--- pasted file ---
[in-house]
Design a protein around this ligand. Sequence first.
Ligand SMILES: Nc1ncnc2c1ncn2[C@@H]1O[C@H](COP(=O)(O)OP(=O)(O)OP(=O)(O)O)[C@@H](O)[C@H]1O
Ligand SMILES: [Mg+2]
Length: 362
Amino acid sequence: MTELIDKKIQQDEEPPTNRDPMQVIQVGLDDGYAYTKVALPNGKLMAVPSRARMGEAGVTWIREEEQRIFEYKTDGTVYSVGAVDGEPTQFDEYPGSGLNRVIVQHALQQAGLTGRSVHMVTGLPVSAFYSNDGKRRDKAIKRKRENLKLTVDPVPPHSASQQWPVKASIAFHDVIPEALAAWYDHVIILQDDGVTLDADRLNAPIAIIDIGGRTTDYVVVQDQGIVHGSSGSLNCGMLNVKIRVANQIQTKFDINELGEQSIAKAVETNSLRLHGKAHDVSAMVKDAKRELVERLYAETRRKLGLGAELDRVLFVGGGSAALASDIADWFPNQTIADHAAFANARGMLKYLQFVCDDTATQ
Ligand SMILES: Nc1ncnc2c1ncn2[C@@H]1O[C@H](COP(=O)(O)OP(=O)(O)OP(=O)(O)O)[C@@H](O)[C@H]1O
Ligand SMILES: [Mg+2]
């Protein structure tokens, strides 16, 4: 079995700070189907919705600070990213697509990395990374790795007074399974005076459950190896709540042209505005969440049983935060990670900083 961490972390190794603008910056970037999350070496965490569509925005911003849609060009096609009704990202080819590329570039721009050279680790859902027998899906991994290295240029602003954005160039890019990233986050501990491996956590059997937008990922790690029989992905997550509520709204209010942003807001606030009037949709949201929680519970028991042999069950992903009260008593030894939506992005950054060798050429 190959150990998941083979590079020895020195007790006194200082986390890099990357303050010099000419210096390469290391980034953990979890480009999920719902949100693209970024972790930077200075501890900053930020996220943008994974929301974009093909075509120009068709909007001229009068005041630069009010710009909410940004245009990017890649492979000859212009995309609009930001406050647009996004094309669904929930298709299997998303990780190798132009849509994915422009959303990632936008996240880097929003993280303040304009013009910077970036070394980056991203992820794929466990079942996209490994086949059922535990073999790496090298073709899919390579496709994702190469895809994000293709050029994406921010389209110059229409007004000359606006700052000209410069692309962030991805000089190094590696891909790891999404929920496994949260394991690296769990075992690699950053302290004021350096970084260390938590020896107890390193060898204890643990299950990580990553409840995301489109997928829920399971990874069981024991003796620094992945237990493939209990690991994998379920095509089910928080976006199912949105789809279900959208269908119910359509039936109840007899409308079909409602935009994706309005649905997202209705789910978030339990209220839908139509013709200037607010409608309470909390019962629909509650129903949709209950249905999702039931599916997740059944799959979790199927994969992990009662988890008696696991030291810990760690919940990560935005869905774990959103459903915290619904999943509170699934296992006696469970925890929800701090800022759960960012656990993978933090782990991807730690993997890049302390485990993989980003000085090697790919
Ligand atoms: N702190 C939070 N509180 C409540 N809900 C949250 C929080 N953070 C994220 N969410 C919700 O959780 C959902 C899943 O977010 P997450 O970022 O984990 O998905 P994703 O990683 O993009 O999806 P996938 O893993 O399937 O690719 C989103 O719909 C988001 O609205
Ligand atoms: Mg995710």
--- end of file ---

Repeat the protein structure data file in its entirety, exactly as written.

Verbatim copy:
[in-house]
Design a protein around this ligand. Sequence first.
Ligand SMILES: Nc1ncnc2c1ncn2[C@@H]1O[C@H](COP(=O)(O)OP(=O)(O)OP(=O)(O)O)[C@@H](O)[C@H]1O
Ligand SMILES: [Mg+2]
Length: 362
Amino acid sequence: MTELIDKKIQQDEEPPTNRDPMQVIQVGLDDGYAYTKVALPNGKLMAVPSRARMGEAGVTWIREEEQRIFEYKTDGTVYSVGAVDGEPTQFDEYPGSGLNRVIVQHALQQAGLTGRSVHMVTGLPVSAFYSNDGKRRDKAIKRKRENLKLTVDPVPPHSASQQWPVKASIAFHDVIPEALAAWYDHVIILQDDGVTLDADRLNAPIAIIDIGGRTTDYVVVQDQGIVHGSSGSLNCGMLNVKIRVANQIQTKFDINELGEQSIAKAVETNSLRLHGKAHDVSAMVKDAKRELVERLYAETRRKLGLGAELDRVLFVGGGSAALASDIADWFPNQTIADHAAFANARGMLKYLQFVCDDTATQ
Ligand SMILES: Nc1ncnc2c1ncn2[C@@H]1O[C@H](COP(=O)(O)OP(=O)(O)OP(=O)(O)O)[C@@H](O)[C@H]1O
Ligand SMILES: [Mg+2]
């Protein structure tokens, strides 16, 4: 079995700070189907919705600070990213697509990395990374790795007074399974005076459950190896709540042209505005969440049983935060990670900083 961490972390190794603008910056970037999350070496965490569509925005911003849609060009096609009704990202080819590329570039721009050279680790859902027998899906991994290295240029602003954005160039890019990233986050501990491996956590059997937008990922790690029989992905997550509520709204209010942003807001606030009037949709949201929680519970028991042999069950992903009260008593030894939506992005950054060798050429 190959150990998941083979590079020895020195007790006194200082986390890099990357303050010099000419210096390469290391980034953990979890480009999920719902949100693209970024972790930077200075501890900053930020996220943008994974929301974009093909075509120009068709909007001229009068005041630069009010710009909410940004245009990017890649492979000859212009995309609009930001406050647009996004094309669904929930298709299997998303990780190798132009849509994915422009959303990632936008996240880097929003993280303040304009013009910077970036070394980056991203992820794929466990079942996209490994086949059922535990073999790496090298073709899919390579496709994702190469895809994000293709050029994406921010389209110059229409007004000359606006700052000209410069692309962030991805000089190094590696891909790891999404929920496994949260394991690296769990075992690699950053302290004021350096970084260390938590020896107890390193060898204890643990299950990580990553409840995301489109997928829920399971990874069981024991003796620094992945237990493939209990690991994998379920095509089910928080976006199912949105789809279900959208269908119910359509039936109840007899409308079909409602935009994706309005649905997202209705789910978030339990209220839908139509013709200037607010409608309470909390019962629909509650129903949709209950249905999702039931599916997740059944799959979790199927994969992990009662988890008696696991030291810990760690919940990560935005869905774990959103459903915290619904999943509170699934296992006696469970925890929800701090800022759960960012656990993978933090782990991807730690993997890049302390485990993989980003000085090697790919
Ligand atoms: N702190 C939070 N509180 C409540 N809900 C949250 C929080 N953070 C994220 N969410 C919700 O959780 C959902 C899943 O977010 P997450 O970022 O984990 O998905 P994703 O990683 O993009 O999806 P996938 O893993 O399937 O690719 C989103 O719909 C988001 O609205
Ligand atoms: Mg995710």